Tiny Innate reports a PhIIb disaster, battering shares — and a NY congressman
Reps. Chris Collins, R-NY, left, and Robert Pittenger, R-NC, leave a meeting of the House Republican Conference in the Capitol on June 7, 2017. CQ Roll Call
Just about everything the little Australian biotech Innate Immunotherapeutics tracked in its Phase IIb study of its experimental drug for multiple sclerosis points to a disaster. The data on all 93 patients in the study demonstrate a clear failure of the drug to deliver an improvement for patients on any of “multiple” endpoints. The dropout rate in the drug arm was high. And the rate of serious adverse events was higher in the drug arm than in the control group.
Innate (ASX Code: IIL) is going back over the data to see if the per protocol results on just the patients who had completed a sizable portion of the study did any better. But investigators aren’t trying to encourage anyone to believe in MIS416, delivered by IV once a week for a year. They say there is no reason to expect a change in outcomes.
All that is bad enough on its own. But even so, you may never have heard about any of this but for one fact: A prominent US congressman bet the ranch on this company’s stock — and evidently lost virtually all of it. Innate’s stock almost disappeared after investors got a look at the data, falling to a few pennies a share.
Bloomberg reporters, who have been covering this story, did the math and concluded that New York Republican Chris Collins, Innate’s biggest shareholder and a longtime believer, lost $16.7 million after taking the flier. And evidently a number of other Republicans, including HHS Secretary Tom Price, also lost money as well.
The connections between lawmakers in charge of healthcare policy and Innate have now reportedly inspired an ethics investigation into the role Collins played in attracting investors to the company. And in a story this morning, The Buffalo News reported that the FDA had just granted the biotech an IND to launch trials in the US, voiding the congressman’s claim that he had no conflicts because the biotech never had business in front of US regulators.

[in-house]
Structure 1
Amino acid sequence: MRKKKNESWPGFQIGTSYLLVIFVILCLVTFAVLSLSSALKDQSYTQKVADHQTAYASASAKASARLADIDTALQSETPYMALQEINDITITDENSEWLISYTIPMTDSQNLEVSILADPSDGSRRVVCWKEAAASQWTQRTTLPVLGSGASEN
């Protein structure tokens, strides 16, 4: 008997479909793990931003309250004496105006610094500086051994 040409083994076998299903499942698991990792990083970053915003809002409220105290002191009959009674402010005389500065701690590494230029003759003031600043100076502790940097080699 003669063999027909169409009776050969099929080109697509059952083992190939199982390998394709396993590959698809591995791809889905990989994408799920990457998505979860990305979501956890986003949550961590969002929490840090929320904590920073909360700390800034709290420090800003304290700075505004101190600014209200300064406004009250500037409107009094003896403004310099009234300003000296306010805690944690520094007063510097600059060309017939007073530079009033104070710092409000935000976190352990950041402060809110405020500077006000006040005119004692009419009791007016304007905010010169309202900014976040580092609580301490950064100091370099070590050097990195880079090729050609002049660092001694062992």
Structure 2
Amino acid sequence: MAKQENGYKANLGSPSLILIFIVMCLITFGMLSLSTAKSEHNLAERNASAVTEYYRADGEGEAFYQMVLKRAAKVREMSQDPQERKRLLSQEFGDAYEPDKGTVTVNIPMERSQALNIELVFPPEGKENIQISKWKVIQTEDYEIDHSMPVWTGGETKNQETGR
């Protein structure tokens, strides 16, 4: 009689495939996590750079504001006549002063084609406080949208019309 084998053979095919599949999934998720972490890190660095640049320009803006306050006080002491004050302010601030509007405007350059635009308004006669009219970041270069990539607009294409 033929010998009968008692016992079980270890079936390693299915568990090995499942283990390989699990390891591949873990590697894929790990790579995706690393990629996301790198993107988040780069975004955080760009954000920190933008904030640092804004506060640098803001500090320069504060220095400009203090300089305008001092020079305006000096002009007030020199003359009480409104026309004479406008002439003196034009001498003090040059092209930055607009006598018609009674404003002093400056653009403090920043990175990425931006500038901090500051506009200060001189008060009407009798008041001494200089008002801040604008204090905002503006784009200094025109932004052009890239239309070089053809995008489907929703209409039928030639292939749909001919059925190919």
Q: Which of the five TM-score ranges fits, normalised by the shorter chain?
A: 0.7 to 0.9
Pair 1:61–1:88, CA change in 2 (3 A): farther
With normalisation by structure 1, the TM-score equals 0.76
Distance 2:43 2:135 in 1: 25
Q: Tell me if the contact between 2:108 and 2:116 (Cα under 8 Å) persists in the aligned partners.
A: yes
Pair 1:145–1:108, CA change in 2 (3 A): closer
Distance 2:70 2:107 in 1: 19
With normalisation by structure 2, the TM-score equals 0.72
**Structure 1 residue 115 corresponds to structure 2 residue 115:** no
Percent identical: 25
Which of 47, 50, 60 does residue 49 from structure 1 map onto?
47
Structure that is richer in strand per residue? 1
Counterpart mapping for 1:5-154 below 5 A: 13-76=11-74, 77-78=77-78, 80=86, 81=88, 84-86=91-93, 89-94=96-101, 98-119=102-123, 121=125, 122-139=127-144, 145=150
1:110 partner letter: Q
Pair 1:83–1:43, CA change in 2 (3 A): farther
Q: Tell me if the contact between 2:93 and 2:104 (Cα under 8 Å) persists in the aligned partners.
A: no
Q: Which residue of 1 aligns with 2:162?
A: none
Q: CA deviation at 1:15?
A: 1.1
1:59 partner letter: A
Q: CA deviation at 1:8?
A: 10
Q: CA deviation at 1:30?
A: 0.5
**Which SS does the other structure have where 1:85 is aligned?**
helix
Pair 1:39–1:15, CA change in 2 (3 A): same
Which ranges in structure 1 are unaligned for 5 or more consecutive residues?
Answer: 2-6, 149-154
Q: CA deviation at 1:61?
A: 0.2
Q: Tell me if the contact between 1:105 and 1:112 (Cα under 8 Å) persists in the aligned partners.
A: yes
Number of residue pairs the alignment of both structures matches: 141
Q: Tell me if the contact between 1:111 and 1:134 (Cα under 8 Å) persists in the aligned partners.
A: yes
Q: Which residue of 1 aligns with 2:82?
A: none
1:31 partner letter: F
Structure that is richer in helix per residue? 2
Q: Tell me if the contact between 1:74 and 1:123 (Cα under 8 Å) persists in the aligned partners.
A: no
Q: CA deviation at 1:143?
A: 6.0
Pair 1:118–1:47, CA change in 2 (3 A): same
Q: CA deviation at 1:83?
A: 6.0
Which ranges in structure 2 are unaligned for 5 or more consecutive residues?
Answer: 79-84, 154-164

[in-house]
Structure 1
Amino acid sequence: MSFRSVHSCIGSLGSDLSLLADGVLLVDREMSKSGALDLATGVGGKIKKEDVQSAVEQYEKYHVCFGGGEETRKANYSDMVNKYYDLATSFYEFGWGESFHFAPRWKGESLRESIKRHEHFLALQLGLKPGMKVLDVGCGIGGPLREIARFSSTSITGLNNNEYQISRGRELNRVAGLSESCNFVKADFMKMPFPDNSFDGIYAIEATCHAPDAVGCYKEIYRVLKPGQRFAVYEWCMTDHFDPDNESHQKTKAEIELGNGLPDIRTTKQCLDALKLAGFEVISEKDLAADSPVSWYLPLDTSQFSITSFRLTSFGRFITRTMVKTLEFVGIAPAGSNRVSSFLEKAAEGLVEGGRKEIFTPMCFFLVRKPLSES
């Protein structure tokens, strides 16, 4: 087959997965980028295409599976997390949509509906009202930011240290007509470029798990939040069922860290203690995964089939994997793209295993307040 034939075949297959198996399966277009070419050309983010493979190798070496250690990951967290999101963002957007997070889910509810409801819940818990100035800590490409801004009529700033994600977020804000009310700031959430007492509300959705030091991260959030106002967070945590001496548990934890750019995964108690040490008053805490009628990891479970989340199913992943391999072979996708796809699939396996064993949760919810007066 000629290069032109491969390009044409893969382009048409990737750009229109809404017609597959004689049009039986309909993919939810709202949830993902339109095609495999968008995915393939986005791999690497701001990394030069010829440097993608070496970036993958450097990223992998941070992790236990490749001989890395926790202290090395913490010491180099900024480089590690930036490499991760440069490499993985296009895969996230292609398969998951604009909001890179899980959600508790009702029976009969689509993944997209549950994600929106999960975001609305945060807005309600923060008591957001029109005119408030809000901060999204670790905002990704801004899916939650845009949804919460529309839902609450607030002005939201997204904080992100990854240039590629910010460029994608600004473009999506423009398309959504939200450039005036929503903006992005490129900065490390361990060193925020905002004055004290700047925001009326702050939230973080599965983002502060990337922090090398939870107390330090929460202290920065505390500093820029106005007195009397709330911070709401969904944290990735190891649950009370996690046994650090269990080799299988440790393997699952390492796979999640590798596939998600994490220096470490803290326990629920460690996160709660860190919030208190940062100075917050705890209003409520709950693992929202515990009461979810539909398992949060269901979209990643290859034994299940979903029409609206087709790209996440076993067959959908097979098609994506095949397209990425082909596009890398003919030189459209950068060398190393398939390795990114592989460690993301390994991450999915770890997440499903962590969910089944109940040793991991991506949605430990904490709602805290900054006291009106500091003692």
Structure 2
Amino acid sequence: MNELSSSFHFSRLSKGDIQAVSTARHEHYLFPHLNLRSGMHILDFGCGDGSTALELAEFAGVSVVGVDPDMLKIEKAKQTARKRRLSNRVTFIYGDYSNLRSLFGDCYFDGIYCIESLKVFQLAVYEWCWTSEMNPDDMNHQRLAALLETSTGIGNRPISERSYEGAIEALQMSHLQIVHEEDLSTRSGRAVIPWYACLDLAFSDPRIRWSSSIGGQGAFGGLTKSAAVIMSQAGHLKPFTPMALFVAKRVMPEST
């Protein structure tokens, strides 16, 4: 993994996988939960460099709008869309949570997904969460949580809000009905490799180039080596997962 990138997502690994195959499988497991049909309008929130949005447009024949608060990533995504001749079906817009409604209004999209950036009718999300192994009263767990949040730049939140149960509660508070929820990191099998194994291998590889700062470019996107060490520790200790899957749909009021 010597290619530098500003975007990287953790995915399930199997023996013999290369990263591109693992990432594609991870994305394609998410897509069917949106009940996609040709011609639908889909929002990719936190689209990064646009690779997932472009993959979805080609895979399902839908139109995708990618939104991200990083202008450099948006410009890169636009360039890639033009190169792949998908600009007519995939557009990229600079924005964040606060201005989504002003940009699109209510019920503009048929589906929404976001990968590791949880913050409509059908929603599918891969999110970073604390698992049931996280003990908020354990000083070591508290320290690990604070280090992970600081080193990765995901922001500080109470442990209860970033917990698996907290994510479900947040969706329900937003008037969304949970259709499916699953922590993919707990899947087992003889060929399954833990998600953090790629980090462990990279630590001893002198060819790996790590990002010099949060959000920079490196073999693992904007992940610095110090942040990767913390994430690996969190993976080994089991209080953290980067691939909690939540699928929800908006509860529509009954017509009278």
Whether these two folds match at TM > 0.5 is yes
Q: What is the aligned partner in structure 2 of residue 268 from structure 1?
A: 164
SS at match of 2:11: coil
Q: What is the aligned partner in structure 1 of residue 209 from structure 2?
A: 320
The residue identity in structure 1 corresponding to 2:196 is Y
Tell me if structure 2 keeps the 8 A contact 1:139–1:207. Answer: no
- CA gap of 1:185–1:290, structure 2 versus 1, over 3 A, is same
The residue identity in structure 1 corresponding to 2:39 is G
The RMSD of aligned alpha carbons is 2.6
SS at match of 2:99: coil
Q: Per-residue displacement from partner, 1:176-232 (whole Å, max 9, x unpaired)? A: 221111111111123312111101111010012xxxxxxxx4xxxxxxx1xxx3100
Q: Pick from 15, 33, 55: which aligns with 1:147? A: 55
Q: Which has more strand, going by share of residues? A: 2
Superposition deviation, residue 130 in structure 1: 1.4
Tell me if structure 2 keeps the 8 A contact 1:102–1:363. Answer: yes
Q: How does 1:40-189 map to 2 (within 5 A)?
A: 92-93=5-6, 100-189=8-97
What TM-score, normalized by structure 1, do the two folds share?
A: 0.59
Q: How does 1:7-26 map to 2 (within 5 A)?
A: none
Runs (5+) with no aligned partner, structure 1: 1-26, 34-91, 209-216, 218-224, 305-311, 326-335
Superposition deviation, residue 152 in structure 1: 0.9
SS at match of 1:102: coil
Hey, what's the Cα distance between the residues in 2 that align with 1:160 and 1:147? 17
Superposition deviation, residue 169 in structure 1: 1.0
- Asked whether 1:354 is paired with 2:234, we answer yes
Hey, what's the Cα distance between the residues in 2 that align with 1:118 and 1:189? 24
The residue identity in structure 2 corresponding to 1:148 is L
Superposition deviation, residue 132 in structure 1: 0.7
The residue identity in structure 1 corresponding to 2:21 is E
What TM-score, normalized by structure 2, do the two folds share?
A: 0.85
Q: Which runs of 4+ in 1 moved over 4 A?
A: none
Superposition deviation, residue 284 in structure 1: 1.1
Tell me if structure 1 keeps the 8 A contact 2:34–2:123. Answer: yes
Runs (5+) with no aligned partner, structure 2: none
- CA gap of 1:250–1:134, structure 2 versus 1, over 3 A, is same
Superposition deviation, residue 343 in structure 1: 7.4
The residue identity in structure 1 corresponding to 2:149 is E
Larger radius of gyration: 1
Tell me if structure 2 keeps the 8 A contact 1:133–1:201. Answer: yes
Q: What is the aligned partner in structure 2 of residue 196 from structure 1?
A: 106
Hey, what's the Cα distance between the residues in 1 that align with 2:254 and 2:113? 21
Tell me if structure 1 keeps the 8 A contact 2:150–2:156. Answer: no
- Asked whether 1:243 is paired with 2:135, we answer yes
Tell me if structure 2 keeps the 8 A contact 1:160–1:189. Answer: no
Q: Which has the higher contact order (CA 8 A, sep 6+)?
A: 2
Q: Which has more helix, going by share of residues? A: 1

The biggest lesson from all this, though, may be that anyone who bets a large portion of their wealth on a biotech long shot like this — based in Sydney — doesn’t know much about investing, biotech or healthcare. Collins, for his part, doesn’t agree. “For those that invested in Innate, including me, we all were sophisticated investors who were aware of the inherent risk,” Collins says in a prepared statement. He adds: “For every successful drug, there are countless numbers that fail. That’s how today’s system works.”
Simon Wilkinson, Innate Immunotherapeutics’ chief executive said: “These results are a shock and definitely not what we were expecting based on our previous clinical experience with MIS416 and the reporting of treatment benefits we have received from many compassionate use patients over an extensive 8-year period. These data will be as distressing to them as they will be for all the stakeholders who were relying on the outcome of this study.”
Wilkinson can count his biggest investor and biggest loser as one of the most badly shocked of all.